April News Roundup

What follows is notable news and happenings that I want to purge from my bookmarks folder. It will be a combination of things you already know spiced with things you probably won’t care about. I apologize in advance.

Ubuntu 9.04, aka “Jaunty Jackalope”, has been released. If you’ve read this blog much, you know I like Linux, Ubuntu in particular. I’ve been using Ubuntu at home full time since Dapper Drake, and I have to say this is the most polished and stable version I’ve seen to date. Whether it’s running on my tiny ASUS EEE HE1000 (brand new and I love it) or my home built Black Tower (specs classified), it’s smooth, stable, and gorgeous. On my ASUS everything just worked out of the box - suspend, hibernate, Bluetooth, webcam and mike, everything. I didn’t have to touch a thing. If you’ve ever thought about giving Linux a try, now’s a great time to do so.

As I first learned of on Slashgeo, MapServer 5.4 has been released. Aside from the usual round of bug stomping, this release includes labeling and cartography enhancements and WMS 1.3.0 support. You can read the full change log here.

As James Fee points out, the 2009 ESRI Developer Summit presentation and code samples are available online. We recently had a meeting with our local ESRI reps and looked at a lot of the upcoming features in ArcGIS Server 9.3.1, and things are starting to look a lot better.

As far as city governments go, you’d have to consider New York City to be on the larger end of the scale. The All Points Blog links to a story in Government Technology about New York’s NYCityMap2.0. They’re using a combination of GeoServer and Oracle Spatial, and it’s a really cool site, if somewhat monochromatic (from my in-laws I’m guessing this is a NYC taste thing). But the point here is FOSS4G isn’t just for small shops with small budgets - GeoServer can handle high traffic sites loads without a problem. It looks like they wrote their own front end in Dojo, which is an odd choice but it works well. Since they already had the equipment and Oracle Spatial, the net new expense for this is zilch.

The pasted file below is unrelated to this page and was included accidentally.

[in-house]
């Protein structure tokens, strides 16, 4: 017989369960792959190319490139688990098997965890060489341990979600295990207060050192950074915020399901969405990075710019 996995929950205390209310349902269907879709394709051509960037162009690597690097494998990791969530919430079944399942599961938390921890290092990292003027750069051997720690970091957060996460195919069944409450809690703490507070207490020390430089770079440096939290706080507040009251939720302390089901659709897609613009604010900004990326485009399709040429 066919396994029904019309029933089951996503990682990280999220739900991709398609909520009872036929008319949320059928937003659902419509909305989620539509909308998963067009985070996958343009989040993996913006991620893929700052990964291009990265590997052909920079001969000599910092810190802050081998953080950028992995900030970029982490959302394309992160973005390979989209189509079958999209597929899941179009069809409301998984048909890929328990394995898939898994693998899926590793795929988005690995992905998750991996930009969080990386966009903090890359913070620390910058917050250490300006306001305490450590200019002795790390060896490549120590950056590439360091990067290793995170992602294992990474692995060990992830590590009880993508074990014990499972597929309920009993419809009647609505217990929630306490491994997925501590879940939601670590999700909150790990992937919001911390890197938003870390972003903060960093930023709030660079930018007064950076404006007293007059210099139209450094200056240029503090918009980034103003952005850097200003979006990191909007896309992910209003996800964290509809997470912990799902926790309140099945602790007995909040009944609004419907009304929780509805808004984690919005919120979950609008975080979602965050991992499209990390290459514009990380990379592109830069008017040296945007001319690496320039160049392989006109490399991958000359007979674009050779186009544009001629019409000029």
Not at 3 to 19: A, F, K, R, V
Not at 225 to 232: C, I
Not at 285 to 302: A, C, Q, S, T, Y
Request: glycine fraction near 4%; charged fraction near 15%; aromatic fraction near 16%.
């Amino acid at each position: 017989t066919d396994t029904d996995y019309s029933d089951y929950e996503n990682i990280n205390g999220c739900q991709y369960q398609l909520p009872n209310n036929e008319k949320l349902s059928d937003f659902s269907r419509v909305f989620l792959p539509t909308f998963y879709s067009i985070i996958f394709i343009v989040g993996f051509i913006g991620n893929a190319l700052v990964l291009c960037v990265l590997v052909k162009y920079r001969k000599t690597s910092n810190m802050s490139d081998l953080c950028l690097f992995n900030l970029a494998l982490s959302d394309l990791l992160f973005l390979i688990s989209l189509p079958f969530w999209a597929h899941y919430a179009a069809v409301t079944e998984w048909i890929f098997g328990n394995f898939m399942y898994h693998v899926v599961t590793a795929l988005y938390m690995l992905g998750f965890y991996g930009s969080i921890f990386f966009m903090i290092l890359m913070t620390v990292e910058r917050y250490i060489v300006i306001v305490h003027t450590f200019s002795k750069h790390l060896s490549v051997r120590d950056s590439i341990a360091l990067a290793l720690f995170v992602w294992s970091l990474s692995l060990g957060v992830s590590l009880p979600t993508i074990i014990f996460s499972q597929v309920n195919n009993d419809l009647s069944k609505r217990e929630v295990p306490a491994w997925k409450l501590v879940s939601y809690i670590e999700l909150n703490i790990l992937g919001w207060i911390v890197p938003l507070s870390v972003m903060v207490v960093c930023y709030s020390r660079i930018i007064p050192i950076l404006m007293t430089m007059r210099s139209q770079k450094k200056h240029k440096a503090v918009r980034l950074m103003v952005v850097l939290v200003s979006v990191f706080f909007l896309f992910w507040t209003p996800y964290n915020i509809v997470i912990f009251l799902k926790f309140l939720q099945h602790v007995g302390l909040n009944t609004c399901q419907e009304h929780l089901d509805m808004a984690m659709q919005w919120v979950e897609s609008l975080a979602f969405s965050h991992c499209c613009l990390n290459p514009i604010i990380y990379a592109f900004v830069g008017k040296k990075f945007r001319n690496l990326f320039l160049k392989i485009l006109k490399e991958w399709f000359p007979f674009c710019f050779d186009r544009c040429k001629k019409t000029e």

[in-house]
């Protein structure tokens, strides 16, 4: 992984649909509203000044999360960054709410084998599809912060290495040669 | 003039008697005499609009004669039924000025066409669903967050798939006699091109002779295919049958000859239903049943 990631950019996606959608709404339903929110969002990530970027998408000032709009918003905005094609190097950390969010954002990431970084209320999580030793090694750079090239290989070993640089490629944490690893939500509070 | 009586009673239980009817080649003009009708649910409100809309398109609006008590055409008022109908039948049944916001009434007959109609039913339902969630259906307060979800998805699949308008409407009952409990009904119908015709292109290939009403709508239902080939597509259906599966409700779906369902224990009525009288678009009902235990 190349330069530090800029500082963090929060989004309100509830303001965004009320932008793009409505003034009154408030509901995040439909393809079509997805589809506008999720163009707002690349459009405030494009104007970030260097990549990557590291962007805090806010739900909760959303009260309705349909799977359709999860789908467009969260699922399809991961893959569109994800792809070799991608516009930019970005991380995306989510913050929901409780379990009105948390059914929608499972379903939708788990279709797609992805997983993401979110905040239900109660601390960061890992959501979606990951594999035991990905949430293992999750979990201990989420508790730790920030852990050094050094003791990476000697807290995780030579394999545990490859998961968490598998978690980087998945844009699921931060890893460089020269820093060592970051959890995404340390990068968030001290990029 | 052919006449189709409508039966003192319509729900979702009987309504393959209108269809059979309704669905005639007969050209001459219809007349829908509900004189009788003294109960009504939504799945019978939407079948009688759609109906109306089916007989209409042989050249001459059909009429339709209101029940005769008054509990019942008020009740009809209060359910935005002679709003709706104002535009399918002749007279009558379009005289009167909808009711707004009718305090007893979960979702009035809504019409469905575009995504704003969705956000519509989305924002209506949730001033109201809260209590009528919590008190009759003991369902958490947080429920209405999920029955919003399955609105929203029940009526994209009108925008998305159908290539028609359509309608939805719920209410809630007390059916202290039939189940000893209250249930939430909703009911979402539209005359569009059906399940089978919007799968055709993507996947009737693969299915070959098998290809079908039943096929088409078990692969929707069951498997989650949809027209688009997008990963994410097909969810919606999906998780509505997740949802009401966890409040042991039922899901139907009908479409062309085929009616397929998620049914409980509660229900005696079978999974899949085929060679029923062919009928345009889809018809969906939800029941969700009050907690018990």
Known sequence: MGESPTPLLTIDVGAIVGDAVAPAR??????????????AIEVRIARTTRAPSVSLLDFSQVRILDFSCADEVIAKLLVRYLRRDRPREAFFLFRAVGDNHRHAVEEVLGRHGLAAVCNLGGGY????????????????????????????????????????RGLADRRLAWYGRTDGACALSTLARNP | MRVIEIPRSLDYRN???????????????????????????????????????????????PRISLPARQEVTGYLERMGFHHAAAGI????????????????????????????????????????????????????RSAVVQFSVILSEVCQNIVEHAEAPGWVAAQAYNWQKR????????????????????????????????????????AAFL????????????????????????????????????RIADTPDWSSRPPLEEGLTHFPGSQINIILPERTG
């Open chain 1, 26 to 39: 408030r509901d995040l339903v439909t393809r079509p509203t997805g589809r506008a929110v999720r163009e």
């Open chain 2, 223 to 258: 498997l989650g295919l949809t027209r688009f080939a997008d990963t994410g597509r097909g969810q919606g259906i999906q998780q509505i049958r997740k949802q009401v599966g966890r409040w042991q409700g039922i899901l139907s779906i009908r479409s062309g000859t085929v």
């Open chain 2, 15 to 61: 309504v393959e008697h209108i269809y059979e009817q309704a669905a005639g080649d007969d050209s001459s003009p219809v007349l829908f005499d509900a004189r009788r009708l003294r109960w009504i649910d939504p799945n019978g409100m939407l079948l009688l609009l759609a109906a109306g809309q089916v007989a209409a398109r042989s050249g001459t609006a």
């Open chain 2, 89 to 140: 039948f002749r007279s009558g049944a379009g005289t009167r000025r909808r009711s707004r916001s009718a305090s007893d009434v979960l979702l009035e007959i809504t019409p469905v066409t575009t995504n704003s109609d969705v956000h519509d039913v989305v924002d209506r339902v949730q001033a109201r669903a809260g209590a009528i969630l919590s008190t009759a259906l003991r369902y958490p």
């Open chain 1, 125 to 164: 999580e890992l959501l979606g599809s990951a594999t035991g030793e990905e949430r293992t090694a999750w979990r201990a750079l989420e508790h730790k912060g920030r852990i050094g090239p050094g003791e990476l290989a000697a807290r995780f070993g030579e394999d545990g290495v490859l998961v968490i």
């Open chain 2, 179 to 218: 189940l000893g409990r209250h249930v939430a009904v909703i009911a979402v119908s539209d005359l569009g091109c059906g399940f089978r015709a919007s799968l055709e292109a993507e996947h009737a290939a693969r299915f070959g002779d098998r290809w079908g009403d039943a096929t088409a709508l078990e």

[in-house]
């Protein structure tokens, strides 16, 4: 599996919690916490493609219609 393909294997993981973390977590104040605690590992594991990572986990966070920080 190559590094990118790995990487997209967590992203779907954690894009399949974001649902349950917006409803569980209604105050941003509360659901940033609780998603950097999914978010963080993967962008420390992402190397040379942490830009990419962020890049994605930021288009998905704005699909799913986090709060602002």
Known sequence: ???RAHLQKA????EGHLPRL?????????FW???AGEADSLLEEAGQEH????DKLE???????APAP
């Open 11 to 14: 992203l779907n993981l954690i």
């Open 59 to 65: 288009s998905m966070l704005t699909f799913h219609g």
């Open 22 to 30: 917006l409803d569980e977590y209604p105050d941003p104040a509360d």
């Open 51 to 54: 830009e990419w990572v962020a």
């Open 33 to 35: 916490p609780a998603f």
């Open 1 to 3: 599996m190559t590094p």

Still a little fuzzy on what open source is? Don’t feel bad; you’d be surprised the number of high-level IT people whose only understanding of open source can be summarized as “that free stuff” or “that hippy/commie stuff”. Take a look at this great guide (PDF or SVG) over at DoctorMO’s blog. It’s a simple visual guide that really sums it up well.

Check out this TED Talk by Erik Hersman on How texting and GoogleMaps helped Kenyans survive crisis. The software is called Ushahidi - Crowdsourcing Crisis Information. While the inital site was done using the Google Maps API, it looks like their more recent work uses OpenLayers.



Finally, for the health conscious, Google Maps has a good Swine Flu mashup. Updates seem to be coming in nearly real-time. And in great news, scientists are the WHO are reporting a strong lead in finding the culprit responsible for the swine-human flu jump:

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